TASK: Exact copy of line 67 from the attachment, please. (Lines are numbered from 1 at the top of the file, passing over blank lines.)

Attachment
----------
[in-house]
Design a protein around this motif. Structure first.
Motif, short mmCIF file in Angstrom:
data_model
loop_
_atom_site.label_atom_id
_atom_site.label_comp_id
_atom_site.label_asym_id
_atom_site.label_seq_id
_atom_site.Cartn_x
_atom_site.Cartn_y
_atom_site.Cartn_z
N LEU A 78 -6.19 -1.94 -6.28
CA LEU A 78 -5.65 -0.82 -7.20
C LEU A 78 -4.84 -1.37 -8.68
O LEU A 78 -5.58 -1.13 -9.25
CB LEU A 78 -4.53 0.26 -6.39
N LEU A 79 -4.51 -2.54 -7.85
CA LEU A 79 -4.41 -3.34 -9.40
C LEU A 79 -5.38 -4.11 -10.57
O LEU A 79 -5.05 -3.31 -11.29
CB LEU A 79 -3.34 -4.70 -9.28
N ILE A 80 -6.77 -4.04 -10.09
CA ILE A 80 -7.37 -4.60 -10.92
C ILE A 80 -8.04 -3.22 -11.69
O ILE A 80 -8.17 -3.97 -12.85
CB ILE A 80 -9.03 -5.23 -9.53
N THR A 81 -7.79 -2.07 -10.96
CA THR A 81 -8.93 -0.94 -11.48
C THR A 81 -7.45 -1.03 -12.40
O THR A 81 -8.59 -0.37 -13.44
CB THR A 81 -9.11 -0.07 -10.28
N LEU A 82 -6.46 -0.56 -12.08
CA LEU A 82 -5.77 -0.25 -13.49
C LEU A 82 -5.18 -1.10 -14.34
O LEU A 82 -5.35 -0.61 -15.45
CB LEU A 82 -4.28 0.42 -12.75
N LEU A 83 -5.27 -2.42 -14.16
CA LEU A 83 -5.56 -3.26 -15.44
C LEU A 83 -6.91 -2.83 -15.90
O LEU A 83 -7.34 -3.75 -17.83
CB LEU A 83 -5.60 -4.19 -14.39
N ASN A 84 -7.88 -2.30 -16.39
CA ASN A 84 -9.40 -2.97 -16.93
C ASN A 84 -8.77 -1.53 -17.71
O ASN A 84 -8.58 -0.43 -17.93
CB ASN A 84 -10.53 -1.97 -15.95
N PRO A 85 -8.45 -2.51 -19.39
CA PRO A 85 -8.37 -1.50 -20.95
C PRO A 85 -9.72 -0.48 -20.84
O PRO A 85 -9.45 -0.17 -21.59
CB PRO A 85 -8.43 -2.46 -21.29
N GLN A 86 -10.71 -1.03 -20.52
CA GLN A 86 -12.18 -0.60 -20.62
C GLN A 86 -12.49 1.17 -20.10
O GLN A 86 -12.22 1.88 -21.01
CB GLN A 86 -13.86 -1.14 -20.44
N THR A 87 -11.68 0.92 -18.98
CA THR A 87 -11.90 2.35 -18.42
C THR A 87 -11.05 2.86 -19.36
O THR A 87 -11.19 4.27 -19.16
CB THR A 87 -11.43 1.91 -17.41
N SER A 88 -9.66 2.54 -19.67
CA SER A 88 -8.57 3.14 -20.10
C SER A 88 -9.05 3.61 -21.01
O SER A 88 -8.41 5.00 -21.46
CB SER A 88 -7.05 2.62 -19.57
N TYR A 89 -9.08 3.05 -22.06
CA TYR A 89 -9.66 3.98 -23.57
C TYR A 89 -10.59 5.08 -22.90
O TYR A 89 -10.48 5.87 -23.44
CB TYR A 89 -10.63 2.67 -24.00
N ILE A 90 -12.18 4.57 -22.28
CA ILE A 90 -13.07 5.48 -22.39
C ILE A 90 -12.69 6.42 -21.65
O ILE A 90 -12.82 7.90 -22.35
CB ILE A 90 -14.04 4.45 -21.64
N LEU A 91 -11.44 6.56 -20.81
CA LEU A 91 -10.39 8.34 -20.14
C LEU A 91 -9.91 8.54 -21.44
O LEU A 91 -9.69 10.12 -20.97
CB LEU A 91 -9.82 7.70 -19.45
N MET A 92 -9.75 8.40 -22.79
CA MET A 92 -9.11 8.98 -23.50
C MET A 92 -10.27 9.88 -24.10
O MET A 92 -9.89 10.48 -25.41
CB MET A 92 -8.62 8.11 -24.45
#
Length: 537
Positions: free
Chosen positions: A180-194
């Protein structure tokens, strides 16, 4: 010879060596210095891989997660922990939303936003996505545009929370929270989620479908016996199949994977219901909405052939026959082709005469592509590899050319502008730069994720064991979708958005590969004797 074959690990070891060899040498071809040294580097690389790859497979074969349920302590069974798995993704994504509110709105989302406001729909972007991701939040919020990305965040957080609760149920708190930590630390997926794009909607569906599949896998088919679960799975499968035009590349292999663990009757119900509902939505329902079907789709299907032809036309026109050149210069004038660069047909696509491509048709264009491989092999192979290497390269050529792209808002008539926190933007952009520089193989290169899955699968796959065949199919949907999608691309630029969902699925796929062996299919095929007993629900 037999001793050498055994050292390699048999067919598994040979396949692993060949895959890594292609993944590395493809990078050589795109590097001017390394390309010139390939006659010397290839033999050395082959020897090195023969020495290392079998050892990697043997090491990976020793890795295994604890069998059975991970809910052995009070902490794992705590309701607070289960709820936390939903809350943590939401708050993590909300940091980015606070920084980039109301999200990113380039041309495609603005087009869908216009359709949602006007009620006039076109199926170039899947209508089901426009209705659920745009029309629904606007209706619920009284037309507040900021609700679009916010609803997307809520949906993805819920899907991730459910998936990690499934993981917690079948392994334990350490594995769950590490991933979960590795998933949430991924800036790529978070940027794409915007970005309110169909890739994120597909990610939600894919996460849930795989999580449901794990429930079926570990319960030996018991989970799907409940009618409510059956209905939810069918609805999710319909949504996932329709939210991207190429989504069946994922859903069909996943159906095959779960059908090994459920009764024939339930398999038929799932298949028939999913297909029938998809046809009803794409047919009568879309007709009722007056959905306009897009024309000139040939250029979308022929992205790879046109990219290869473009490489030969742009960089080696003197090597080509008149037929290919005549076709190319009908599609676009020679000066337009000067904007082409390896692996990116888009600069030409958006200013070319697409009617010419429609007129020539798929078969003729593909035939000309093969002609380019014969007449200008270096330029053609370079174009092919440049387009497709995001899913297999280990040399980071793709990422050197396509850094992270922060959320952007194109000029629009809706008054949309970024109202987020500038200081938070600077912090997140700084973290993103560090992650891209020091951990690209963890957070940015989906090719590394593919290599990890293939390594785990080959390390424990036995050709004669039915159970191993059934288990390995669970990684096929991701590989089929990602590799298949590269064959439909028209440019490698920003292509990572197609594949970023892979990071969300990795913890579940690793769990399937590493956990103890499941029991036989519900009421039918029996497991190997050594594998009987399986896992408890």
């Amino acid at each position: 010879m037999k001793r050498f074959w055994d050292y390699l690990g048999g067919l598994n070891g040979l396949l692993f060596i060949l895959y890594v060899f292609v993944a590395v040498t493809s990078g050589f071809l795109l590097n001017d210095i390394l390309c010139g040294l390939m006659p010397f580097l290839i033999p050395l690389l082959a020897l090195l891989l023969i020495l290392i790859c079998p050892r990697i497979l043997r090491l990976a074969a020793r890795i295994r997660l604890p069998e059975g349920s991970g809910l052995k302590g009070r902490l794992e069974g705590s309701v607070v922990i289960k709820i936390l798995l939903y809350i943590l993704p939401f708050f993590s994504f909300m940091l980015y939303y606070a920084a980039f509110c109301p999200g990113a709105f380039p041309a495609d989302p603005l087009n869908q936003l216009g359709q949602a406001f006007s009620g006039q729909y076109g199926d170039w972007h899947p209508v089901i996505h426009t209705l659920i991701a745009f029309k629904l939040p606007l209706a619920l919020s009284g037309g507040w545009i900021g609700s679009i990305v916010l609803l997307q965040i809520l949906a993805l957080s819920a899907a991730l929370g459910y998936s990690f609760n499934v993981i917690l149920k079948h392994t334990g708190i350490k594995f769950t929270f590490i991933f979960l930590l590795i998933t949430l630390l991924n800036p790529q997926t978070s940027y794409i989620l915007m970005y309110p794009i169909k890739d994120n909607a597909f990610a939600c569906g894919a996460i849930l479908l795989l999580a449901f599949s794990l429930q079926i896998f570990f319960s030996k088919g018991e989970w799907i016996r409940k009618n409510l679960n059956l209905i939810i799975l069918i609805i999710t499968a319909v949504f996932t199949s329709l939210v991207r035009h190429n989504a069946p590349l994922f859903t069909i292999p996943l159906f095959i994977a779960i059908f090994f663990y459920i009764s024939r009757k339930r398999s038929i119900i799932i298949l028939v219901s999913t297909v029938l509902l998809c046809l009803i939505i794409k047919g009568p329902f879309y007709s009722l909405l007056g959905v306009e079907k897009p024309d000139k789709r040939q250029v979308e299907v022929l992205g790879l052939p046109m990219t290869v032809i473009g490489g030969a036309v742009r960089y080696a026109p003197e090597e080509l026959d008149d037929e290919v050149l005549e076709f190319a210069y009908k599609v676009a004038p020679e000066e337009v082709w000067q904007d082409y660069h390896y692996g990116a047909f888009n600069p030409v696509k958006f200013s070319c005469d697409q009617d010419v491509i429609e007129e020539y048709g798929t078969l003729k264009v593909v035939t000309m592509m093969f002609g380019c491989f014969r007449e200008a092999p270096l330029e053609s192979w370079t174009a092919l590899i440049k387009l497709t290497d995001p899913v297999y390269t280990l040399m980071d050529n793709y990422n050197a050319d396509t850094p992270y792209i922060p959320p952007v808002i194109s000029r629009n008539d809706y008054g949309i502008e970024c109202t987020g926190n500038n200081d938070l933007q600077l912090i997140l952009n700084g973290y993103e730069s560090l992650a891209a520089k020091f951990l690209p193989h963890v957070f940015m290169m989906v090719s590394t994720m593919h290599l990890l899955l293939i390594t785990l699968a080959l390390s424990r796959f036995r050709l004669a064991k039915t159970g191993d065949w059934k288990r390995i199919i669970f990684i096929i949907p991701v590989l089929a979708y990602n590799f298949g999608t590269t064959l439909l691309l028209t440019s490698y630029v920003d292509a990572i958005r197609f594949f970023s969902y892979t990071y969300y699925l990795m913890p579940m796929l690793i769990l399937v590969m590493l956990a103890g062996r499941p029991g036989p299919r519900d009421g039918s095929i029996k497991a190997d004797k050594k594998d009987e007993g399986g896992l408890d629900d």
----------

CB SER A 88 -7.05 2.62 -19.57